Congress Approves Bipartisan Budget Act of 2013
On Dec. 18, the Senate passed by a vote of 64 to 36 the Bipartisan Budget Act of 2013, H.J. Res. 59. The House passed the legislation on Dec. 12 by a vote of 332 to 94. The bill is the result of the agreement reached between the two Budget Conference Committee chairs, House Budget Committee Chairman Paul Ryan (R-WI) and Senate Budget Committee Chair Patty Murray (D-WA).
The bill sets the fiscal year (FY) 2014 spending cap at $1.012 trillion, replacing $45 billion in sequestration cuts that would have occurred at that spending level without the agreement. The cap is $46 billion less than the spending level set by the Senate Budget Resolution and $45 billion more than the level set by the House Budget Resolution. For FY 2015, the agreement caps discretionary spending at $1.014 trillion, replacing $18 billion in sequestration cuts that would have occurred at that spending level without the agreement.
According to a summary of the agreement, sequestration relief is divided equally between defense and non-defense spending. The bill caps FY 2014 non-defense discretionary spending at $491.8 billion, $22.4 billion more than the Budget Control Act’s (BCA) FY 2014 non-defense discretionary spending limit, and caps defense discretionary spending at $520 billion, $22.4 billion more than the BCA’s FY 2014 defense discretionary spending limit. The bill caps FY 2015 non-defense discretionary spending at $492 billion and defense discretionary spending at $521 billion.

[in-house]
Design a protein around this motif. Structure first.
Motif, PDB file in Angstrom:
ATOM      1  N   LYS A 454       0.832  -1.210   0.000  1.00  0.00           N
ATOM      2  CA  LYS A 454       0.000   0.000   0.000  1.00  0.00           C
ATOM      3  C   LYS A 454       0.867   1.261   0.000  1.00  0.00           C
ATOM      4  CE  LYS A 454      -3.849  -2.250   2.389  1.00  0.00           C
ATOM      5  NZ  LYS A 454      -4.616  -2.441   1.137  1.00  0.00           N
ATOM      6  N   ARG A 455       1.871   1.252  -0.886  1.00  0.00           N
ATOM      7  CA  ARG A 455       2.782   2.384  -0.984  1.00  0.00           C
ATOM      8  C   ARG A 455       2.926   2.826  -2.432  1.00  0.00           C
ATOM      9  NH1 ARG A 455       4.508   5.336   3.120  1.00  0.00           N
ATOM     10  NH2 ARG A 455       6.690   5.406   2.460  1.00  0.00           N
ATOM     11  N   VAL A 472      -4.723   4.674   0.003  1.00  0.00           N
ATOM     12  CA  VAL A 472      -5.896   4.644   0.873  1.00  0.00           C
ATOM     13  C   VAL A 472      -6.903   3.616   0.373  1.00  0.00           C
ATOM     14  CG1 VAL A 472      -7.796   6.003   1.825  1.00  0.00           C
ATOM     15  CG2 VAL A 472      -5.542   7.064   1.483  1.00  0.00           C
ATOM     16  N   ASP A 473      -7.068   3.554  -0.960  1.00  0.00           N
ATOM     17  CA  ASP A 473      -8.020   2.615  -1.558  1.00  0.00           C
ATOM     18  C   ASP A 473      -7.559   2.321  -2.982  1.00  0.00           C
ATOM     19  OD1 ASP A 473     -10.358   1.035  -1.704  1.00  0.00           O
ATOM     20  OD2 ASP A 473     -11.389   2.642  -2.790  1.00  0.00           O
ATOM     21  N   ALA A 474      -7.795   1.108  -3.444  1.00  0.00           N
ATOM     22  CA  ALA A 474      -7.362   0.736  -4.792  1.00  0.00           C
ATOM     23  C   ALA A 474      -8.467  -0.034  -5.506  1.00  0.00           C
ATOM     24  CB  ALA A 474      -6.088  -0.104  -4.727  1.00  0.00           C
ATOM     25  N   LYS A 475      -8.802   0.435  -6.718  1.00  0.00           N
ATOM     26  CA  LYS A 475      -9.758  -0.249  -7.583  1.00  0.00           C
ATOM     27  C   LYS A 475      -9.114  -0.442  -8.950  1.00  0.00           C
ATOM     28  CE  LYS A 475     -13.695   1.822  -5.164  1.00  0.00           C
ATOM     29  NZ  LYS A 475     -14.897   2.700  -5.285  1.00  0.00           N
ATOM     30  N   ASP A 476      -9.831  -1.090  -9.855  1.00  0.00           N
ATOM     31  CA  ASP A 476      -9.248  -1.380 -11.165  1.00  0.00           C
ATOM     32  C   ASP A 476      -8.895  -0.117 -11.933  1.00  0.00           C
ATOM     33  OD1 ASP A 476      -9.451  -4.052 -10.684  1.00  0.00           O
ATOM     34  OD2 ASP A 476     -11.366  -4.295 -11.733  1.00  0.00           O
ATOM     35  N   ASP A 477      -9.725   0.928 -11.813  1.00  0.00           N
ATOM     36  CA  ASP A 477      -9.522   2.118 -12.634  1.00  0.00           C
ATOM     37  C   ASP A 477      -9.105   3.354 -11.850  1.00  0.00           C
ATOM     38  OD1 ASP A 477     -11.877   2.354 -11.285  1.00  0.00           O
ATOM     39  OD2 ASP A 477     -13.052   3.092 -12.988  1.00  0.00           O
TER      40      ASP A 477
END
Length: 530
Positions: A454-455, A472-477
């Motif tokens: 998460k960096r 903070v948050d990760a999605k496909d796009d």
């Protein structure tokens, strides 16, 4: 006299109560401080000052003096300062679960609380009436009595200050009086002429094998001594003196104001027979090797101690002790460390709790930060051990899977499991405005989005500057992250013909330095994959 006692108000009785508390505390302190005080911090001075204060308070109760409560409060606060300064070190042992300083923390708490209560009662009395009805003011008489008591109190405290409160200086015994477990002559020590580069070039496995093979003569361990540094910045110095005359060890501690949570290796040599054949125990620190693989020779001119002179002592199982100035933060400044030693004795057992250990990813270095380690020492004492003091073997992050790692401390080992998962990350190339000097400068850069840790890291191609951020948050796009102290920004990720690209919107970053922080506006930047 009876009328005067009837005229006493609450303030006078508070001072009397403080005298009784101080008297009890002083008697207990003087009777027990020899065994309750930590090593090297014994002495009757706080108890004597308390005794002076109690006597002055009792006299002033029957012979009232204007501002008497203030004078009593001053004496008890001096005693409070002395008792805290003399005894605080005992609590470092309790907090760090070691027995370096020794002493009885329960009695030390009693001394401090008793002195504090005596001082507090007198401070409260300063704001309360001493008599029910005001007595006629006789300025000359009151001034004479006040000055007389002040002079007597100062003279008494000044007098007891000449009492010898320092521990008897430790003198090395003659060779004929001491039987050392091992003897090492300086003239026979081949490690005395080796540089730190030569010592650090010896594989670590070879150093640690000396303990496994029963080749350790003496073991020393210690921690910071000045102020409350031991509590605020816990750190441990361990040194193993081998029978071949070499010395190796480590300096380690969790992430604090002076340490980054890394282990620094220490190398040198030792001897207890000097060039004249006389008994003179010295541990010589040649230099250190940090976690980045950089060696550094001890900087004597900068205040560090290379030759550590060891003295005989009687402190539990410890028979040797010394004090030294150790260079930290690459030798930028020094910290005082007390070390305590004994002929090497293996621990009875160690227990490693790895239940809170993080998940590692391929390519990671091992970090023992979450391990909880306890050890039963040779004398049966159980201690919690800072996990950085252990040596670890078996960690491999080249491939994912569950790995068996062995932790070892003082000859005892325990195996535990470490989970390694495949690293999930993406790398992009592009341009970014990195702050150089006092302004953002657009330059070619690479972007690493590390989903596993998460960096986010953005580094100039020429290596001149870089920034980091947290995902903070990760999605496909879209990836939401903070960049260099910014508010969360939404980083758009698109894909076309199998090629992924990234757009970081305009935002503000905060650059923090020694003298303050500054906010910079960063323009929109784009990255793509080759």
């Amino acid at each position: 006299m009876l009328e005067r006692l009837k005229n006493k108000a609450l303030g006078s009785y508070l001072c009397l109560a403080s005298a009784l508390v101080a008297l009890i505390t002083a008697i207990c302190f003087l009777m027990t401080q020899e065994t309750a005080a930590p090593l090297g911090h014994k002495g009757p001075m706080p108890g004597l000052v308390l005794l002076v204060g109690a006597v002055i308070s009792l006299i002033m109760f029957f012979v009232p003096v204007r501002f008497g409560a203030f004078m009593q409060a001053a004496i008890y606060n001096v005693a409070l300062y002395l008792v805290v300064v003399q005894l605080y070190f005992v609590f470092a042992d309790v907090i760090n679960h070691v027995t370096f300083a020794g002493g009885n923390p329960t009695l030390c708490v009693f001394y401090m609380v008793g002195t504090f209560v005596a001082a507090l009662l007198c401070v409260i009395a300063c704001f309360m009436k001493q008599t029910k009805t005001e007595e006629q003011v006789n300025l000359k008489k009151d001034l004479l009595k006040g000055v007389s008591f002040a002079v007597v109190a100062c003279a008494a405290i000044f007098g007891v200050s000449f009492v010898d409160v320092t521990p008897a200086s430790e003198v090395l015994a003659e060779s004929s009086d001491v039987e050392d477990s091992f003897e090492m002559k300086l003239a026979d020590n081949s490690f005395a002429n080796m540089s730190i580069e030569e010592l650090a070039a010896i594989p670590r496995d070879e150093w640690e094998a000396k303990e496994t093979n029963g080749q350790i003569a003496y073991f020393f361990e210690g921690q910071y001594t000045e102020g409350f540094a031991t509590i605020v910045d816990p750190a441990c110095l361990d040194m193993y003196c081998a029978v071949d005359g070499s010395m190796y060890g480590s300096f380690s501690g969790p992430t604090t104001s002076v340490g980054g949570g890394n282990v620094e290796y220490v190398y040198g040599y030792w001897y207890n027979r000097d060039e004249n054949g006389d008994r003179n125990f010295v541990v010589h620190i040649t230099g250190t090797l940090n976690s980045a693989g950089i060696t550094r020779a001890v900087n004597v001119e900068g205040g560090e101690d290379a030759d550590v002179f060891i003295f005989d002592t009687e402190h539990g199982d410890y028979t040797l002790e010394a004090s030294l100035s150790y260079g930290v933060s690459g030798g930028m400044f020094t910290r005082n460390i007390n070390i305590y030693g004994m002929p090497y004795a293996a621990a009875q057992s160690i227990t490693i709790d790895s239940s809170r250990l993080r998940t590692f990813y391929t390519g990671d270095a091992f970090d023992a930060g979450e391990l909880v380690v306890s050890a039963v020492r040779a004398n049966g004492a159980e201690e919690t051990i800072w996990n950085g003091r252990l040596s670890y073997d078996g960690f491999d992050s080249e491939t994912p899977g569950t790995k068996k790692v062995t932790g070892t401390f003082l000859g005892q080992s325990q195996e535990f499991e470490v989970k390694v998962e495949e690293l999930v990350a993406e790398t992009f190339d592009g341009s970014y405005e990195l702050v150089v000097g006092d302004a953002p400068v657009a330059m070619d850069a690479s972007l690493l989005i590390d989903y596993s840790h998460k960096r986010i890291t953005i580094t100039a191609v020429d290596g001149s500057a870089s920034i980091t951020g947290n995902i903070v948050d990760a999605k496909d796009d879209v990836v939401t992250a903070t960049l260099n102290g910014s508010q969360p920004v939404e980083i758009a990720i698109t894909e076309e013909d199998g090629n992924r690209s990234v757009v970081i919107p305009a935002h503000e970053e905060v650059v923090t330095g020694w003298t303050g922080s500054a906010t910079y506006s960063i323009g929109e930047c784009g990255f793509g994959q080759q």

All federally funded agencies, including HUD and the U.S. Department of Agriculture, are currently funded by a continuing resolution that expires Jan. 15. Congress must pass new appropriations legislation by that date to prevent another partial government shutdown.
The appropriations committees’ leaders are discussing now how to divide the newly agreed-upon FY 2014 $1.012 trillion spending cap among the 12 appropriations subcommittees. Appropriators are expected to release in early January an omnibus bill with a mix of new appropriations bills for some federal agencies and a continuing resolution for the others.
If the House and Senate Transportation, Housing, and Agriculture and Rural Development subcommittees are able to reach agreement on their respective FY 2014 funding bills, those bills are likely to be incorporated in a larger omnibus spending bill. If there isn’t agreement, programs within their jurisdictions are likely to be funded under a long-term continuing resolution.